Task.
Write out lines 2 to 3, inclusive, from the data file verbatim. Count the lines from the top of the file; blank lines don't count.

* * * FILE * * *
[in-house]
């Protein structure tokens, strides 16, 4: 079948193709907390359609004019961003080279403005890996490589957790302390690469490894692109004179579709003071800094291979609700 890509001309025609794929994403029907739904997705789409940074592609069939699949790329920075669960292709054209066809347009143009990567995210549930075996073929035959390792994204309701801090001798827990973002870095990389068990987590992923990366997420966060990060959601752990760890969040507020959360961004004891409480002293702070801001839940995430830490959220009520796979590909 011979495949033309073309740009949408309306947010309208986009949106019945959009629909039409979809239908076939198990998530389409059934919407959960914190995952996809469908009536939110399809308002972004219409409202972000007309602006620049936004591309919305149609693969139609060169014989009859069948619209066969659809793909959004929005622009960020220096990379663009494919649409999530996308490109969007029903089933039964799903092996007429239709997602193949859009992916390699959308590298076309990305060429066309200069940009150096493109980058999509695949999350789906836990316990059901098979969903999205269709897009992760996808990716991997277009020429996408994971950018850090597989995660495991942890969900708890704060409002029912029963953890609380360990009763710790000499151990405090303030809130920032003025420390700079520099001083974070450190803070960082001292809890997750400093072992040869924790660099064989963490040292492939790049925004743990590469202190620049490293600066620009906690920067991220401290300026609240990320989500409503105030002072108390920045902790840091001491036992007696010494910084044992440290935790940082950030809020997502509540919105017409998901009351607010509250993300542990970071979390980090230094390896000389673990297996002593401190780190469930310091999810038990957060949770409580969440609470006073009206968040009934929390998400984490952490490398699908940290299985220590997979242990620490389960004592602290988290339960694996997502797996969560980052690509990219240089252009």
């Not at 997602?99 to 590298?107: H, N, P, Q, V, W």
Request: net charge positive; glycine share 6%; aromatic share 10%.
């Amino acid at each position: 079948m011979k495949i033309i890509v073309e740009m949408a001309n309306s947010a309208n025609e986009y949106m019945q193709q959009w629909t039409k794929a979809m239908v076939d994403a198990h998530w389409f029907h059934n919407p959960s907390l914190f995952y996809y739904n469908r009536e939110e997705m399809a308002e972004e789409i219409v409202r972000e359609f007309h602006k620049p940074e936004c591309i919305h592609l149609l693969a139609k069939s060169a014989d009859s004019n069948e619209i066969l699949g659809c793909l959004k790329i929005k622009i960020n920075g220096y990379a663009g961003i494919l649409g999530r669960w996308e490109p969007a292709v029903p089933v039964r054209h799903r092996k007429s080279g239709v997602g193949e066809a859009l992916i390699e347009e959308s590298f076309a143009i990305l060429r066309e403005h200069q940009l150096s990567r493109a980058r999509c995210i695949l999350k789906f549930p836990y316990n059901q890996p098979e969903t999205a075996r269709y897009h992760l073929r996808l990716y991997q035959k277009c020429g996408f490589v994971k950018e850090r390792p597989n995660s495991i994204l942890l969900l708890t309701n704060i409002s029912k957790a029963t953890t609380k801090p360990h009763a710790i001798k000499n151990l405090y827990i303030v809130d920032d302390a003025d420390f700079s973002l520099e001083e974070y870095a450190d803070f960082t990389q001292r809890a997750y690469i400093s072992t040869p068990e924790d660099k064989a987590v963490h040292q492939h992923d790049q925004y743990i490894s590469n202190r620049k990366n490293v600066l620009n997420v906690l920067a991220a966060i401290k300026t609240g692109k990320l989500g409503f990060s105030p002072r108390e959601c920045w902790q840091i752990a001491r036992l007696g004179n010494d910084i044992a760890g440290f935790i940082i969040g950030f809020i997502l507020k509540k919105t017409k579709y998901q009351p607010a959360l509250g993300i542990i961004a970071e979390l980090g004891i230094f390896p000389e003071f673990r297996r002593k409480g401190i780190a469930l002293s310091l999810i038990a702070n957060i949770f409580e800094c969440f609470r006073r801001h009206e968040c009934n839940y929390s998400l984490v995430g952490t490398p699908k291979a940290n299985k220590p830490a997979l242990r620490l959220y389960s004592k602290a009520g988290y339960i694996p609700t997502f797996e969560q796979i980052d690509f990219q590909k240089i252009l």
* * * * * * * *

């Protein structure tokens, strides 16, 4: 079948193709907390359609004019961003080279403005890996490589957790302390690469490894692109004179579709003071800094291979609700 890509001309025609794929994403029907739904997705789409940074592609069939699949790329920075669960292709054209066809347009143009990567995210549930075996073929035959390792994204309701801090001798827990973002870095990389068990987590992923990366997420966060990060959601752990760890969040507020959360961004004891409480002293702070801001839940995430830490959220009520796979590909 011979495949033309073309740009949408309306947010309208986009949106019945959009629909039409979809239908076939198990998530389409059934919407959960914190995952996809469908009536939110399809308002972004219409409202972000007309602006620049936004591309919305149609693969139609060169014989009859069948619209066969659809793909959004929005622009960020220096990379663009494919649409999530996308490109969007029903089933039964799903092996007429239709997602193949859009992916390699959308590298076309990305060429066309200069940009150096493109980058999509695949999350789906836990316990059901098979969903999205269709897009992760996808990716991997277009020429996408994971950018850090597989995660495991942890969900708890704060409002029912029963953890609380360990009763710790000499151990405090303030809130920032003025420390700079520099001083974070450190803070960082001292809890997750400093072992040869924790660099064989963490040292492939790049925004743990590469202190620049490293600066620009906690920067991220401290300026609240990320989500409503105030002072108390920045902790840091001491036992007696010494910084044992440290935790940082950030809020997502509540919105017409998901009351607010509250993300542990970071979390980090230094390896000389673990297996002593401190780190469930310091999810038990957060949770409580969440609470006073009206968040009934929390998400984490952490490398699908940290299985220590997979242990620490389960004592602290988290339960694996997502797996969560980052690509990219240089252009």
């Not at 997602?99 to 590298?107: H, N, P, Q, V, W």